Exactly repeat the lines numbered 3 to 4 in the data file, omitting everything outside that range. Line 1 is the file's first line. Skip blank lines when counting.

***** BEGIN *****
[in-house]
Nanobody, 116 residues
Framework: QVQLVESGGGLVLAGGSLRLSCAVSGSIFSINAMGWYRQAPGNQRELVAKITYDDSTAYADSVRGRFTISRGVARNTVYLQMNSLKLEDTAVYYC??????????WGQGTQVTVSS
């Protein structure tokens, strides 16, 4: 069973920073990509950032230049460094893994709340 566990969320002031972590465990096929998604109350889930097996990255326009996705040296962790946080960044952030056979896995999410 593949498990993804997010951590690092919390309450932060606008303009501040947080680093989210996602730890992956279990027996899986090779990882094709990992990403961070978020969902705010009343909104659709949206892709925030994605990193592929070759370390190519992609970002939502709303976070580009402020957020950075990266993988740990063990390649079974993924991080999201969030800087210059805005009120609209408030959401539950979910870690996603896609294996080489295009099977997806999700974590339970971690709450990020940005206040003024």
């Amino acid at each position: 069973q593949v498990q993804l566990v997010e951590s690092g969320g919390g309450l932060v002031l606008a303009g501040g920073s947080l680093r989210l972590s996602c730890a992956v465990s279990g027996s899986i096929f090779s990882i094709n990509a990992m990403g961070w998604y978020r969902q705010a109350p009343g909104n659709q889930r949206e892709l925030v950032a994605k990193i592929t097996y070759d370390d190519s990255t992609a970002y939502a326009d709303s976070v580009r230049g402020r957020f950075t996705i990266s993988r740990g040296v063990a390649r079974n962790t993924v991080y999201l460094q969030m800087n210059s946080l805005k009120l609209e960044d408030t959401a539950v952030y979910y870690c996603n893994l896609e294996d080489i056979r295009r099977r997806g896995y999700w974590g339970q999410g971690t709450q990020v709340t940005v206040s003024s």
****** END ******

Framework: QVQLVESGGGLVLAGGSLRLSCAVSGSIFSINAMGWYRQAPGNQRELVAKITYDDSTAYADSVRGRFTISRGVARNTVYLQMNSLKLEDTAVYYC??????????WGQGTQVTVSS
């Protein structure tokens, strides 16, 4: 069973920073990509950032230049460094893994709340 566990969320002031972590465990096929998604109350889930097996990255326009996705040296962790946080960044952030056979896995999410 593949498990993804997010951590690092919390309450932060606008303009501040947080680093989210996602730890992956279990027996899986090779990882094709990992990403961070978020969902705010009343909104659709949206892709925030994605990193592929070759370390190519992609970002939502709303976070580009402020957020950075990266993988740990063990390649079974993924991080999201969030800087210059805005009120609209408030959401539950979910870690996603896609294996080489295009099977997806999700974590339970971690709450990020940005206040003024």